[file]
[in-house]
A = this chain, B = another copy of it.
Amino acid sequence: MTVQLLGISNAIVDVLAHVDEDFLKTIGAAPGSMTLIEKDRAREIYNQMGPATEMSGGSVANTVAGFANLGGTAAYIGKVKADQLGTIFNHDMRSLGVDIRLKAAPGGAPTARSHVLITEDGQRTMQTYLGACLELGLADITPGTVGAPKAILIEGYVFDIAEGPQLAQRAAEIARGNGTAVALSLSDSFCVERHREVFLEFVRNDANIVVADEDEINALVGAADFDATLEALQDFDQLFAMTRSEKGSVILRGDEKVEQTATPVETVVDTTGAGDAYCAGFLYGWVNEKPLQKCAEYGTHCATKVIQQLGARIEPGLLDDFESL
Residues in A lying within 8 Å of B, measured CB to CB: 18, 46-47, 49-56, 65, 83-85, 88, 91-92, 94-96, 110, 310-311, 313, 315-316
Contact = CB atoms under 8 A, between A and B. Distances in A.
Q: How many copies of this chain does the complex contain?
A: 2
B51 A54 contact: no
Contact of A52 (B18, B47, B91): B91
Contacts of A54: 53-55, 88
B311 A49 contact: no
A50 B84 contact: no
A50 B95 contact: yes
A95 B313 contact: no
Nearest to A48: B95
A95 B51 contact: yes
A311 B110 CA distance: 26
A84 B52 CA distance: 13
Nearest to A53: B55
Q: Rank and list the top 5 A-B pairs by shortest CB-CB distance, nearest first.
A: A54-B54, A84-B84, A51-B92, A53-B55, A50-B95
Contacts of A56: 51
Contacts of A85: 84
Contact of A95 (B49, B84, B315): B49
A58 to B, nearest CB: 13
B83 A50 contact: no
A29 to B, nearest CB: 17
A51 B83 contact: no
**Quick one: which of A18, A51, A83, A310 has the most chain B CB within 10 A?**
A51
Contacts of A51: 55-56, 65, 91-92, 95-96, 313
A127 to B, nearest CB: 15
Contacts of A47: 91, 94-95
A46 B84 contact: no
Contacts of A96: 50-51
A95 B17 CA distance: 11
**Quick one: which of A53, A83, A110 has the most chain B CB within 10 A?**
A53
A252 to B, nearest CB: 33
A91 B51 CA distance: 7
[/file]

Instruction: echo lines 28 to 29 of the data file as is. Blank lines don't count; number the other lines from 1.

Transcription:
A51 B83 contact: no
**Quick one: which of A18, A51, A83, A310 has the most chain B CB within 10 A?**